Why does the AAP now encourage breastfeeding for 2 years or longer?

In addition to the known benefits to infant health and development, studies and meta-analyses have confirmed the impact of breastfeeding longer than 12 months on maternal health in decreasing maternal type 2 diabetes mellitus, hypertension, breast cancer, and ovarian cancer rates.

What barriers do mothers face when breastfeeding beyond a year?

Mothers who choose to breastfeed beyond the first year need support. They often report feeling ridiculed or alienated in their choice and conceal their breastfeeding behavior to minimize unsolicited judgment and comments.  Only half of mothers who breastfeed past 1 year discuss their decision with their pediatric primary care provider.

Breastfeeding is about more than the nutrition provided to the growing child; it also nurtures the relationship between parent and child. The goal of this policy is to support optimal health and nutrition for the child and mother and support parents in meeting their breastfeeding goals. Individual decisions about family feeding should be made by the family with their pediatrician’s guidance.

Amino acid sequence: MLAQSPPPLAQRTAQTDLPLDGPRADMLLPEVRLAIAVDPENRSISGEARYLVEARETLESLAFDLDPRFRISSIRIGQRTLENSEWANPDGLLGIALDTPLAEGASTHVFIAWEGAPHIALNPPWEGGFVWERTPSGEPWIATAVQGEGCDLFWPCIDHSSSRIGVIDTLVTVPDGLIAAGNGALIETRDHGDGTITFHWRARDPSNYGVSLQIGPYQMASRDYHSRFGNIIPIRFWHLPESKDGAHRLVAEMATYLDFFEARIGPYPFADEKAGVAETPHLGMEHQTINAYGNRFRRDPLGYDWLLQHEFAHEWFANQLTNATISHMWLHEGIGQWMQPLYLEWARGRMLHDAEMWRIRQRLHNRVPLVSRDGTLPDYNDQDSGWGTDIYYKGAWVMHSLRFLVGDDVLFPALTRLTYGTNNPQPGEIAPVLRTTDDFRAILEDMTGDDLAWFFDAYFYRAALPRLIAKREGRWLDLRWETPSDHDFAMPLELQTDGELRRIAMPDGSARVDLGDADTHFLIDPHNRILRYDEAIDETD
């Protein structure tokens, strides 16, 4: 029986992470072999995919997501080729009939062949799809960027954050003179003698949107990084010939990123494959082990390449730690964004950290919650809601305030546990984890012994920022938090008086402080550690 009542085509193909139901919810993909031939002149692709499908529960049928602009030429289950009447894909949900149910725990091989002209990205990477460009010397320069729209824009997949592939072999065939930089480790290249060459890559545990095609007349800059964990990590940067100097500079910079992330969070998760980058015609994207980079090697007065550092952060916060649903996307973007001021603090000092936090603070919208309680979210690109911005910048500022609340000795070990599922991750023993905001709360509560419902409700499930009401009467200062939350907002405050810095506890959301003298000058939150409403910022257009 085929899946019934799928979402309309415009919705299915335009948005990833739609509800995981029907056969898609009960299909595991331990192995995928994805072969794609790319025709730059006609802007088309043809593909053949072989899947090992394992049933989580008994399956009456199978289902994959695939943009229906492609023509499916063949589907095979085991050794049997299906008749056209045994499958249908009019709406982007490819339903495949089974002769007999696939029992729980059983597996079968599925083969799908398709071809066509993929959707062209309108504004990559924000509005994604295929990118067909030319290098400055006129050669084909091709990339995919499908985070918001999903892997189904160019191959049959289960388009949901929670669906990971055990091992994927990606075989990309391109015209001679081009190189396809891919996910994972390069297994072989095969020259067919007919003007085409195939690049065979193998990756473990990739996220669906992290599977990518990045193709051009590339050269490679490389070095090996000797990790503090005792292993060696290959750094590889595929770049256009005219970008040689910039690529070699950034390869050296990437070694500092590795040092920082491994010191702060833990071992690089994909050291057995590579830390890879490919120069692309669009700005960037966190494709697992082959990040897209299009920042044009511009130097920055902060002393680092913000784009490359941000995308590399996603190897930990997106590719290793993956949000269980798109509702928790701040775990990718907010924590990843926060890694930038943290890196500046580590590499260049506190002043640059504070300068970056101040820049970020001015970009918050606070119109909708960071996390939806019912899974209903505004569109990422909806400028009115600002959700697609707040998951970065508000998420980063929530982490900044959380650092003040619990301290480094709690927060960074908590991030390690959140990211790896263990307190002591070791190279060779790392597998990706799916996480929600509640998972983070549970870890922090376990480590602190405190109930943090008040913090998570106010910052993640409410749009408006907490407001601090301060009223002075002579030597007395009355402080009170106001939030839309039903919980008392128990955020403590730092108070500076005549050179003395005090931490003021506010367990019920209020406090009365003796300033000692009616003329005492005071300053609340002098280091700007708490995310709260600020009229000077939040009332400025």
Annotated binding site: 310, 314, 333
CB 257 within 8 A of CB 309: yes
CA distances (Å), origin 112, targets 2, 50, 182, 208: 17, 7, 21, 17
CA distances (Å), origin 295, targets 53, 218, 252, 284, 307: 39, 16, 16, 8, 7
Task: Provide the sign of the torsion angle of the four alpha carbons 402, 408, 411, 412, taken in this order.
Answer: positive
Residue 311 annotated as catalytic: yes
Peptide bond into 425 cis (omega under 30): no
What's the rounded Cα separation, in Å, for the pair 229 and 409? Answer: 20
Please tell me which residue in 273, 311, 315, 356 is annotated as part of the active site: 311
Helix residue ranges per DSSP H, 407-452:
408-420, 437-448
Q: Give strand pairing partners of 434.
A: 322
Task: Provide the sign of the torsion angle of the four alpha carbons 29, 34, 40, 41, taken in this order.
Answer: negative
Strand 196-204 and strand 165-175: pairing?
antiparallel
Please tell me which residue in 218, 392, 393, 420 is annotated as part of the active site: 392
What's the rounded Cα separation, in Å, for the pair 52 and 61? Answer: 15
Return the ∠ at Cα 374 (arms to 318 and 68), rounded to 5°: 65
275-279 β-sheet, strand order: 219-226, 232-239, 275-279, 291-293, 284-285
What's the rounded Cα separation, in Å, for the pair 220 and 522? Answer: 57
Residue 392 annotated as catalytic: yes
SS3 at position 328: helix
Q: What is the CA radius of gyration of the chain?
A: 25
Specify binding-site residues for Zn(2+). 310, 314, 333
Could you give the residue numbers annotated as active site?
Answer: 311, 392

Are the AAP’s breastfeeding recommendations achievable?

The AAP recommends exclusive breastfeeding for approximately 6 months and supports continued breastfeeding, along with appropriate complementary foods introduced at about 6 months, for as long as mutually desired for 2 years or beyond.  While some families can achieve these goals, it is important to support all breastfeeding dyads.

Pediatricians play a large role in the initiation and continuation of breastfeeding.  By seeing newborns within 48-72 hours of hospital discharge, pediatricians can ensure that mothers are supported during the critical early days.  Frequent follow-up visits and supportive office practices help maximize the chances of successful, sustained breastfeeding.

What does the Georgia Chapter do to promote and support breastfeeding?

The Georgia AAP EPIC® Breastfeeding Education Program, with support from the Georgia Department of Public Health, offers both live and on-demand presentations on clinical lactation topics for clinicians and office staff.  Later this year, physicians will also be able to earn 3 hours of CME credit by participating in education on breastfeeding fundamentals that will be available online.

The Chapter partners with other breastfeeding advocates and state agencies to promote breastfeeding friendly policies and remove barriers families face to successful breastfeeding and meeting their breastfeeding goals.  In addition, the Georgia AAP has an active Breastfeeding Committee which partnered with the Georgia Breastfeeding Coalition to establish the Breastfeeding-Friendly Pediatrician Certification Program, which helps practicing pediatricians learn to support breastfeeding families and recognizes those that are providing optimal care.